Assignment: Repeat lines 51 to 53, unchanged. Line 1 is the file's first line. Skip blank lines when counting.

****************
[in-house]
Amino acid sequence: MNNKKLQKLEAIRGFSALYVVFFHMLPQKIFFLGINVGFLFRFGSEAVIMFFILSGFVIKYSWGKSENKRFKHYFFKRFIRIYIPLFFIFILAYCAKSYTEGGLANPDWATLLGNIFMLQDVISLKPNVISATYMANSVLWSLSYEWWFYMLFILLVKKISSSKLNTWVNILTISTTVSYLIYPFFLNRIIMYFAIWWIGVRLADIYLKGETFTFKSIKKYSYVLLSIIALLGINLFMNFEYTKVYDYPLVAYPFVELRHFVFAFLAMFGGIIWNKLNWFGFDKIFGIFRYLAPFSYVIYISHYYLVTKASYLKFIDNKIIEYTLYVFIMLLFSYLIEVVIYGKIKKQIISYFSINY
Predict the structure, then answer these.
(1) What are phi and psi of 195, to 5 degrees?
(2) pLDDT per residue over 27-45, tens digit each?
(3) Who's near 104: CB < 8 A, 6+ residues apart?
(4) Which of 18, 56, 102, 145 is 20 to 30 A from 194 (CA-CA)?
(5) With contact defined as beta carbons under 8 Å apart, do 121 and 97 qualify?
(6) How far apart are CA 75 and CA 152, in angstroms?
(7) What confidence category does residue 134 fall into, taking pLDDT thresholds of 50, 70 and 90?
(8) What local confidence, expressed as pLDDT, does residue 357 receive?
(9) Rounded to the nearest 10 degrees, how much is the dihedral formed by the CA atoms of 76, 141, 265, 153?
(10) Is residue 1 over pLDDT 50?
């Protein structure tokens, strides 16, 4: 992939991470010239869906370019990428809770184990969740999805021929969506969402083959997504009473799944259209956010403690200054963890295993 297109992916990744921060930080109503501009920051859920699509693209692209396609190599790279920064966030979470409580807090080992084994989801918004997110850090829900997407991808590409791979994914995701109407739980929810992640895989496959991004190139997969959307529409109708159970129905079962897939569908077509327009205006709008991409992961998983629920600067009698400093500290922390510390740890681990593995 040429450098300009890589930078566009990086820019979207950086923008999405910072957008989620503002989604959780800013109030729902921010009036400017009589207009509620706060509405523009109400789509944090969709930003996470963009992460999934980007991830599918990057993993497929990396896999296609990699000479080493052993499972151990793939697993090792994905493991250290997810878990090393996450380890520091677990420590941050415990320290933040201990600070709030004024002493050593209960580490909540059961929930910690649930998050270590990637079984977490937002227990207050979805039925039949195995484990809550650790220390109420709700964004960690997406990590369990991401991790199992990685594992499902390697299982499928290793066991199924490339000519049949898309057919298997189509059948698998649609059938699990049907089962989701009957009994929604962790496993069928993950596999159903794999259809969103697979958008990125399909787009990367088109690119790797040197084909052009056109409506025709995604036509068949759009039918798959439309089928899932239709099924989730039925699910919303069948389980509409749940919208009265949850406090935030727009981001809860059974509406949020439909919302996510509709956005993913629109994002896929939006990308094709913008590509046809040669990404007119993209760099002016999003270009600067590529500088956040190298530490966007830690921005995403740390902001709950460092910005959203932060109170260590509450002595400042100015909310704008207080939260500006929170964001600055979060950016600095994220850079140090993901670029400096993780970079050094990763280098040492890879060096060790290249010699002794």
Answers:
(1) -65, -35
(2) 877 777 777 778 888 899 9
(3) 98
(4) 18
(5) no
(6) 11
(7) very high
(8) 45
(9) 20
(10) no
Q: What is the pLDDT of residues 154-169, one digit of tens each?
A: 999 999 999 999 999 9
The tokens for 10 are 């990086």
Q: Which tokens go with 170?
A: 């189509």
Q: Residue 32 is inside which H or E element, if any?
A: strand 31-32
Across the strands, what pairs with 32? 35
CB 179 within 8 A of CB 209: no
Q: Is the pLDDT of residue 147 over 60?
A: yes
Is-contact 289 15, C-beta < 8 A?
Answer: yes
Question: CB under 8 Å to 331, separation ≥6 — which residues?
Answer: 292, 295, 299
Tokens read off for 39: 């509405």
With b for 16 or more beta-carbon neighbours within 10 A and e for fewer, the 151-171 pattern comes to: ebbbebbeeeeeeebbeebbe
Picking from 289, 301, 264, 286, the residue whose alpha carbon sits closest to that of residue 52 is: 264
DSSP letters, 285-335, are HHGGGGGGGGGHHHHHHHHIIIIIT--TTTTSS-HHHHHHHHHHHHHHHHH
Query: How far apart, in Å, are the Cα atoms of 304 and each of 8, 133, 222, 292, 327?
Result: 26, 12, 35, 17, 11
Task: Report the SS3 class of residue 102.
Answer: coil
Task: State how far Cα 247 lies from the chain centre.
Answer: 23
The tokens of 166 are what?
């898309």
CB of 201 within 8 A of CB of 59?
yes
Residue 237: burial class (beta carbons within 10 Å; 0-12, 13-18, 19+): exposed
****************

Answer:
The tokens of 166 are what?
């898309």
CB of 201 within 8 A of CB of 59?